Devo and Thomas Pynchon. Mick Jagger and Charles Baudelaire. Though they seem like rather unlikely pairings, many great rock songs have been the result of a lyricist finding inspiration in the pages of a book. These are just the tip of the iceberg.

1. “Pigs (Three Different Ones)" // Pink Floyd

The Novel: Animal Farm // George Orwell

Pink Floyd felt so strongly about Orwell’s barnyard take on revolution that they made a mascot from the book’s dictator pigs. The first incarnation of the famous Pink Floyd pigs popped up in 1976 for the photo shoot for 1977’s Animals album, which is based loosely around Animal Farm themes. "Pigs (Three Different Ones)" is about people in society with wealth and power.

2. “My Ántonia” // Emmylou Harris

The Novel: My Ántonia // Willa Cather

It's somehow not surprising that Emmylou Harris is a fan of Willa Cather. Written from the perspective of Jim, the man who loved Cather’s title character in My Ántonia, the song was actually composed several years prior to its release on the 2000 album Red Dirt Girl. Harris hung on to it for a while, not sure what she wanted to do with it since she had written it from a man’s perspective.

“One day I got the idea to make it a conversation and the song just seemed to write itself. Well, then I had to pick a 'leading man,'" Harris said when the album was released. "I had just done a show with Dave Matthews and I loved the way we sounded together. And he did a simply beautiful job.”

3. “Whip It” // Devo

The Novel: Gravity’s Rainbow // Thomas Pynchon

Devo's singer/bassist Jerry Casale told the website Songfacts that his band's monster hit was based on Pynchon's postmodern novel:

"'Whip It,' like many Devo songs, had a long gestation, a long process. The lyrics were written by me as an imitation of Thomas Pynchon's parodies in his book Gravity's Rainbow. He had parodied limericks and poems of kind of all-American, obsessive, cult of personality ideas like Horatio Alger and 'You're #1, there's nobody else like you' kind of poems that were very funny and very clever. I thought, 'I'd like to do one like Thomas Pynchon,' so I wrote down 'Whip It' one night."

4. “Wuthering Heights” // Kate Bush

The Novel: Wuthering Heights // Emily Brontë

An 18-year-old Kate Bush wrote her breakout song after seeing just 10 minutes of Wuthering Heights on TV in 1977. In 1980, she told an interviewer on the Canadian show Profiles in Rock that she was inspired by the novel's heroine:

“I am sure one of the reasons it stuck so heavily in my mind was because of the spirit of Cathy, and as a child I was called Cathy. It later changed to Kate. It was just a matter of exaggerating all my bad areas, because she's a really vile person, she's just so headstrong and passionate and ... crazy, you know?”

5. “The Ghost of Tom Joad” // Bruce Springsteen

The Novel: The Grapes of Wrath // John Steinbeck

Springsteen was inspired by John Ford’s big-screen adaptation of John Steinbeck’s Great Depression saga. “The Ghost of Tom Joad” is a 1990s version of The Grapes of Wrath, meant to serve as a reminder that modern times are just as difficult for some. Rage Against the Machine covered the song in 1997.

6. “Sympathy for the Devil” // The Rolling Stones

The Novel: The Master and Margarita // Mikhail Bulgakov

In 1968, Mick Jagger’s then-girlfriend, Marianne Faithfull, passed along a little book she thought he might enjoy. Jagger ended up writing “Sympathy for the Devil” after reading the novel, which starts when Satan, disguised as a professor, walks up and introduces himself to a pair of men discussing Jesus.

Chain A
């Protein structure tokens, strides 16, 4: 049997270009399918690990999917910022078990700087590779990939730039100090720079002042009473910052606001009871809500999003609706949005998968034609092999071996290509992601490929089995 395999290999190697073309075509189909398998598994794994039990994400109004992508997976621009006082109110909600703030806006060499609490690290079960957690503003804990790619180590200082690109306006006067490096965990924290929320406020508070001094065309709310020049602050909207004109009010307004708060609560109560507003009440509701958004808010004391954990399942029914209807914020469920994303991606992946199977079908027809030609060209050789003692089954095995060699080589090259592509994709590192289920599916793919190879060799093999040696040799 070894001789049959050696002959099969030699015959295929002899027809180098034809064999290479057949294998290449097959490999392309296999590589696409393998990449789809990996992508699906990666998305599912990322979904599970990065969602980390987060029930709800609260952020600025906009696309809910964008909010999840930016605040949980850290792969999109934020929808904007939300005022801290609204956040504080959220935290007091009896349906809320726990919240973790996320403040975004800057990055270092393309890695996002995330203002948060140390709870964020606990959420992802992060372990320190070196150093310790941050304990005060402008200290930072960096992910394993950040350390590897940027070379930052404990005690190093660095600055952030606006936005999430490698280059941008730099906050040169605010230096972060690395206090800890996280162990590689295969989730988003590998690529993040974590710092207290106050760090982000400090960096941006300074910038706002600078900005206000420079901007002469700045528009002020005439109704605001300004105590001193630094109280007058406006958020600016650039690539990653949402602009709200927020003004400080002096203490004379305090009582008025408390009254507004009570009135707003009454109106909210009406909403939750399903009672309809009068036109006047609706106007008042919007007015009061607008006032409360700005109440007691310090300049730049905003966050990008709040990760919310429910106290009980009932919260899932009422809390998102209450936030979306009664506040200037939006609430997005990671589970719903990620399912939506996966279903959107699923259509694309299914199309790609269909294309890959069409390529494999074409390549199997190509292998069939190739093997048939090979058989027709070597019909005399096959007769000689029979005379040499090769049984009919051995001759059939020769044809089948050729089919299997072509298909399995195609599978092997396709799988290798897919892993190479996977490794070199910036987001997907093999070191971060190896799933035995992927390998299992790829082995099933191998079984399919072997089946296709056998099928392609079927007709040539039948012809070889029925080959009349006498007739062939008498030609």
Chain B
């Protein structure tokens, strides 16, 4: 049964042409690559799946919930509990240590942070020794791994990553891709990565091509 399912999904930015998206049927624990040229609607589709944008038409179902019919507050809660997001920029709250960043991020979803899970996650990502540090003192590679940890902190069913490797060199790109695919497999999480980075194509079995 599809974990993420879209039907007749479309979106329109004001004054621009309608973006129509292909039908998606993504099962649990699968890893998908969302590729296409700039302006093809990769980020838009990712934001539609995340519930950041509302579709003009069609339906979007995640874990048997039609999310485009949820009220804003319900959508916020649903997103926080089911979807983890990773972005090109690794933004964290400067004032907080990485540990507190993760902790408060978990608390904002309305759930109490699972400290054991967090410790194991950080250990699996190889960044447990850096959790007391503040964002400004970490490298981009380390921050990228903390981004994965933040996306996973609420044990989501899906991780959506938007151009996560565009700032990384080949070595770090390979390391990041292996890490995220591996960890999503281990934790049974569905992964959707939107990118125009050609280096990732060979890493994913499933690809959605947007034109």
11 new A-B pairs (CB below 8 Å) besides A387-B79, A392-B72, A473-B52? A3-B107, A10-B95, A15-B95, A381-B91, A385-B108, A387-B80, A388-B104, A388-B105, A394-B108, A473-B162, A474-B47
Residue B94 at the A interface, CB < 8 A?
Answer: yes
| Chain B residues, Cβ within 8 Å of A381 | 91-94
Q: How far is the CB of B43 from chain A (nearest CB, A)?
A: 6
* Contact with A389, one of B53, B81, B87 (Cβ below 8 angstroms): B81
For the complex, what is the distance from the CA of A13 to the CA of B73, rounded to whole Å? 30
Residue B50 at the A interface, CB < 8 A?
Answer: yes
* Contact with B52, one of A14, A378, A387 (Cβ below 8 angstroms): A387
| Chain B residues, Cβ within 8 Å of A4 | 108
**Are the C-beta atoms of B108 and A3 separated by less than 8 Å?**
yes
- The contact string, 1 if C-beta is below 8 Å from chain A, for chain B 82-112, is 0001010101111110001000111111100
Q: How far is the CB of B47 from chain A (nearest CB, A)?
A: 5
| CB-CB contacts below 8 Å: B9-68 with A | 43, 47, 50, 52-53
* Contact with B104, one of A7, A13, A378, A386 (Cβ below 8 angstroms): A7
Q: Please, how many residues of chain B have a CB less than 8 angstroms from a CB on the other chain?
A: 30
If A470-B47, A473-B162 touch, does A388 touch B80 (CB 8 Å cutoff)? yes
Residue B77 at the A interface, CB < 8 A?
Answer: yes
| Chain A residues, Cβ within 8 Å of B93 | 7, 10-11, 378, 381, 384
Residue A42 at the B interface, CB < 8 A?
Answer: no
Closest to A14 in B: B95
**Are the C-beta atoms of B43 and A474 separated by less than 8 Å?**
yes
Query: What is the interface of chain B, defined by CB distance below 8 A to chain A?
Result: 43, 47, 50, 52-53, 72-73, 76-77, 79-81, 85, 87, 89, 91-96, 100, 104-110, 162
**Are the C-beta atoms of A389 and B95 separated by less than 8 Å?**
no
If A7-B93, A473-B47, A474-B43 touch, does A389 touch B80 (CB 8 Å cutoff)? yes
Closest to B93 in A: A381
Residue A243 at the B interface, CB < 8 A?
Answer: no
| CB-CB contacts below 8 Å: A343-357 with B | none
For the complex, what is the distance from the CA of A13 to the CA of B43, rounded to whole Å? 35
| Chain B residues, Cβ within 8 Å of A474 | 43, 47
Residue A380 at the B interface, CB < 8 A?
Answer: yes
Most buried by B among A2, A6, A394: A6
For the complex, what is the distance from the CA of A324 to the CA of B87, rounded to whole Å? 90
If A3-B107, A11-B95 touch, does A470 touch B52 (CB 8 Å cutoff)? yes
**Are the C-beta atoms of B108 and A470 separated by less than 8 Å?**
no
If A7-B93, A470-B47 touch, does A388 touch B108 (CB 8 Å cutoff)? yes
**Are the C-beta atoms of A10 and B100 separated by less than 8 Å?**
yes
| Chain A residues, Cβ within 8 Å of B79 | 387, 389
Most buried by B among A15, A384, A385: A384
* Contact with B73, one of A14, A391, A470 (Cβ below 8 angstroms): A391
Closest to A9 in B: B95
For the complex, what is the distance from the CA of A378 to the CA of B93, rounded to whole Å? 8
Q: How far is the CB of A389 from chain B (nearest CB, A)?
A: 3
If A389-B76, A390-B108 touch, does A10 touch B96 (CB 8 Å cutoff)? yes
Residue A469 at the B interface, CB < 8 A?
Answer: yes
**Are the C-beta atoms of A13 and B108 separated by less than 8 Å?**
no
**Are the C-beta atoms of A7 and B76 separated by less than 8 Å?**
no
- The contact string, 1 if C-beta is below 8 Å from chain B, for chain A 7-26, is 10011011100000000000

Jagger later suggested that some of the lyrics may have been inspired by the works of Charles Baudelaire as well, which makes “Sympathy” the product of a pretty well-read rock star.

7. “Holden Caulfield” // Guns N' Roses

The Novel: The Catcher in the Rye // J.D. Salinger

Guns n' Roses' much-awaited 2008 album Chinese Democracy contained a song called “The Catcher in the Rye” after the J.D. Salinger classic. Some surmised that the song is really about another culture-changing event that Holden Caulfield was involved in: the assassination of John Lennon in 1980. Lennon’s murderer was carrying a copy of the book when he pulled the trigger.

8. “Tales of Brave Ulysses” // Cream

The Poem: The Odyssey // Homer

Even Eric Clapton couldn’t resist the Sirens from The Odyssey; this classic Cream song references the mythological enticing beauties (Clapton sure knew his share of those). Though it’s Clapton singing, the lyrics were written by Martin Sharp, who had just returned from vacation in Ibiza and was inspired by the exotic scenery—beaches and women alike, presumably.

9. “Breathe” // U2

The Novel: Ulysses // James Joyce

Speaking of The Odyssey, it’s no surprise that The Edge and Bono would want to pay homage to their fellow Irishman James Joyce by setting “Breathe” on June 16. That’s the day Leopold Bloom embarks throughout the pages of Joyce’s Ulysses, and it’s also the day that Joyce fans everywhere honor his work by celebrating Bloomsday.

10. “Ramble On” // Led Zeppelin

The Novel: The Lord of the Rings // J.R.R. Tolkien

If you’ve ever listened to the lyrics of “Ramble On,” this is not going to come as a surprise to you. For example:

“'Twas in the darkest depths of Mordor
I met a girl so fair.
But Gollum, and the evil one crept up
And slipped away with her.”

11. “Scentless Apprentice” // Nirvana

The Novel: Perfume: The Story of a Murderer // Patrick Süskind

This horror book was a modest hit thanks in part to Kurt Cobain, who frequently mentioned that it was one of his favorite reads. He liked it so much, in fact, he wrote a song about it and put it on his band's 1993 album In Utero. The book is about a man who kills young women and captures their scents in order to make the perfect perfume. I won’t spoil the ending for you—and neither does “Scentless Apprentice.”